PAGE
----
The Old Synagogue in Alba Iulia is an Ashkenazi synagogue that was built in 1938. A former synagogue was already built in 1840. The synagogue was recently repaired in 2017. This Neo-Baroque brick building still serves as a synagogue. Alba Iulia is the oldest Jewish settlement in Transylvania, where Jewish presence was recorded in the late 16th century. In 1653, the region's code of laws required all Jews in Transylvania to live exclusively in this town. Until 1879, the rabbis of Alba Iulia were considered to be the chief rabbis of all Jews in Transylvania.
While admiring the scenery of Transylvanian fortified churches, the traveler should not miss the small town of Sebeş. In its center the fortified church bears the imprints of the past with dignity. The monument was built in the 12th century by Saxon colonists, was destroyed during the Mongol invasion 1241-1242 and later on rebuilt in Gothic style, fortified and provided with a defence wall. In the second half of the 14th century, a period characterized by a flourishing economy, an impressive chancel was constructed. For almost 40 years, starting mid 15th century, Sebeş was under Ottoman domination.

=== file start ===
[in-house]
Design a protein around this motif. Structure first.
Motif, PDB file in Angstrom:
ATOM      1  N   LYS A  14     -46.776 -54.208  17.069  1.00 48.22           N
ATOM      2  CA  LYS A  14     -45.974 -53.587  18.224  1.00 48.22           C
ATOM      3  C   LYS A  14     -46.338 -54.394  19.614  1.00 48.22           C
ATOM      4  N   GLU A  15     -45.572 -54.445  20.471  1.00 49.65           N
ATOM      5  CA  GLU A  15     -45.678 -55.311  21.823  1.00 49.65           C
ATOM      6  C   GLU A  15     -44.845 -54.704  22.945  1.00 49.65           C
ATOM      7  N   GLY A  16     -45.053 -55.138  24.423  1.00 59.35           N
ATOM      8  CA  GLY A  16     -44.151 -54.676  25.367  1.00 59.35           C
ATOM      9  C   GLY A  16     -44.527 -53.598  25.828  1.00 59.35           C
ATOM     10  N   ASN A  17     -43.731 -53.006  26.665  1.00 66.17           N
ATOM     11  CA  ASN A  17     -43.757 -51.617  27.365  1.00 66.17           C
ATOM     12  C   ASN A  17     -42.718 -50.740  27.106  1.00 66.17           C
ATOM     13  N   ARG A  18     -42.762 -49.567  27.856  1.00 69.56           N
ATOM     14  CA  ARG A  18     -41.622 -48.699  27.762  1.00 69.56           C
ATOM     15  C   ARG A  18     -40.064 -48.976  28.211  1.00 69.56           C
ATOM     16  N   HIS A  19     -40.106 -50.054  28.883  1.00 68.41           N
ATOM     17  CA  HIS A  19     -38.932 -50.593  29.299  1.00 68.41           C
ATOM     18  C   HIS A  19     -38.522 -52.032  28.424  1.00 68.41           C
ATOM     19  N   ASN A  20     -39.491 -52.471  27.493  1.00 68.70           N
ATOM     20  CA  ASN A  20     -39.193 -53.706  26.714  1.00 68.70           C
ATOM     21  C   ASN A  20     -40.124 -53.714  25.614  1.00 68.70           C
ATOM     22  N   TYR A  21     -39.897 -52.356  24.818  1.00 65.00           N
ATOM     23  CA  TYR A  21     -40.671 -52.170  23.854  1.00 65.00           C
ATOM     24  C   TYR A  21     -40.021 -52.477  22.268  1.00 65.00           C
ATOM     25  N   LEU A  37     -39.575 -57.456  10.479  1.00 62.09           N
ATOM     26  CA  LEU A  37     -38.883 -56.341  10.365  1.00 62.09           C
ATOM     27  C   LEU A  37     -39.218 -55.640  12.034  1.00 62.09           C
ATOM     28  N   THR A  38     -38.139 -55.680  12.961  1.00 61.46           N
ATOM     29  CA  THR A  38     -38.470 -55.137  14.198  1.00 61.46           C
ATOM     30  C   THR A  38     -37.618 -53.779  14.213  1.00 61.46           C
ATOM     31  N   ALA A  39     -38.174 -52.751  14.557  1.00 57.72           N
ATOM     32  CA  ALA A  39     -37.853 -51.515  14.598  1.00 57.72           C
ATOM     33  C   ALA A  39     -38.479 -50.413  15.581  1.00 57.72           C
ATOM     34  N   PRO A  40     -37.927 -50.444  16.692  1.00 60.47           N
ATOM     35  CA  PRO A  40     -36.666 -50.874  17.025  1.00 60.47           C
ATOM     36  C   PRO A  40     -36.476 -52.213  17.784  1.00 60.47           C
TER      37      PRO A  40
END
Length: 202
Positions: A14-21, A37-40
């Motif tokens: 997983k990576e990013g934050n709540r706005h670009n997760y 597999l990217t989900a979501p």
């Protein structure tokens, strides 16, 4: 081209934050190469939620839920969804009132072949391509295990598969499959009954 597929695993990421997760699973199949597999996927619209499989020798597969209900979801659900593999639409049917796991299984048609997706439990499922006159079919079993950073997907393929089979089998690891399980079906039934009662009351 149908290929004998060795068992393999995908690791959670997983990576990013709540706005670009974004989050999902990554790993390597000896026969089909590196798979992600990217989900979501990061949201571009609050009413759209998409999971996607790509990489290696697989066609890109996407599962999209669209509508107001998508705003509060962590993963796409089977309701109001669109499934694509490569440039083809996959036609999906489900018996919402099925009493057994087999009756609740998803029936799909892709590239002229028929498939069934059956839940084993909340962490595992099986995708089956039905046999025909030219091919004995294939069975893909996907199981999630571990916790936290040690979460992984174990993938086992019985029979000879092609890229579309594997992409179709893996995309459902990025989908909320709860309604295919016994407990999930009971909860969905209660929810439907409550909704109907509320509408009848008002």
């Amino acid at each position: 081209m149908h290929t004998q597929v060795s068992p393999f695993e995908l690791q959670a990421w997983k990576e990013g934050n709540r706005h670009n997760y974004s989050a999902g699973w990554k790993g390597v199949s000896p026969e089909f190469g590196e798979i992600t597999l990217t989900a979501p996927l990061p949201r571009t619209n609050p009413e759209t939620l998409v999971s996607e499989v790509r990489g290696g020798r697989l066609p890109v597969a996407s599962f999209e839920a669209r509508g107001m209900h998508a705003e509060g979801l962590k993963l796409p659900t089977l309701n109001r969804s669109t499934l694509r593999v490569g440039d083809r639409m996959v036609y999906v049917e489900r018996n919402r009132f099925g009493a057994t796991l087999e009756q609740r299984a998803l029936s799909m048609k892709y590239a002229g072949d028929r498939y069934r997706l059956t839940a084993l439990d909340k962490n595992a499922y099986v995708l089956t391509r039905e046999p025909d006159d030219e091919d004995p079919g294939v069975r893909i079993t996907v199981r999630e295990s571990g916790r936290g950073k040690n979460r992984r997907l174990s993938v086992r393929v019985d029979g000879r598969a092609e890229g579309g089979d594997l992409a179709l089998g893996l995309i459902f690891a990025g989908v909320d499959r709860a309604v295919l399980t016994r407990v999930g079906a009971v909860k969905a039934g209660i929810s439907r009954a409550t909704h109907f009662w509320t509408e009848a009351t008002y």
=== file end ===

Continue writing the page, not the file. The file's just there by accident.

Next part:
In the centuries that followed, agriculture lost its importance and the town became a center for craftsmen, who diligently brought a great contribution to the church’s enhancement. However, WWI ended Sebeş’s prosperity. The bells were confiscated, melted and turned into ammunition. They could only be replaced as late as 1925.
During the 13th century a Romanesque basilica was built on a hill outside the village, but only the ruin of the bell tower covered in greenery and the remains of the surrounding boulder wall that was probably built already end of 13th – beginning of the 14th century are still preserved. On the southern side the ruins of a former bastion can still be identified.
The rest of the church was demolished in 1805, the resulting material being used to erect a new building inside the village. The neoclassical hall church is covered with penetrated barrel vault and has a bell tower on the western side. The neoclassical altar was built in 1877 by Fritz Reuschel from Sebeş and the Rieger company built the organ in 1895.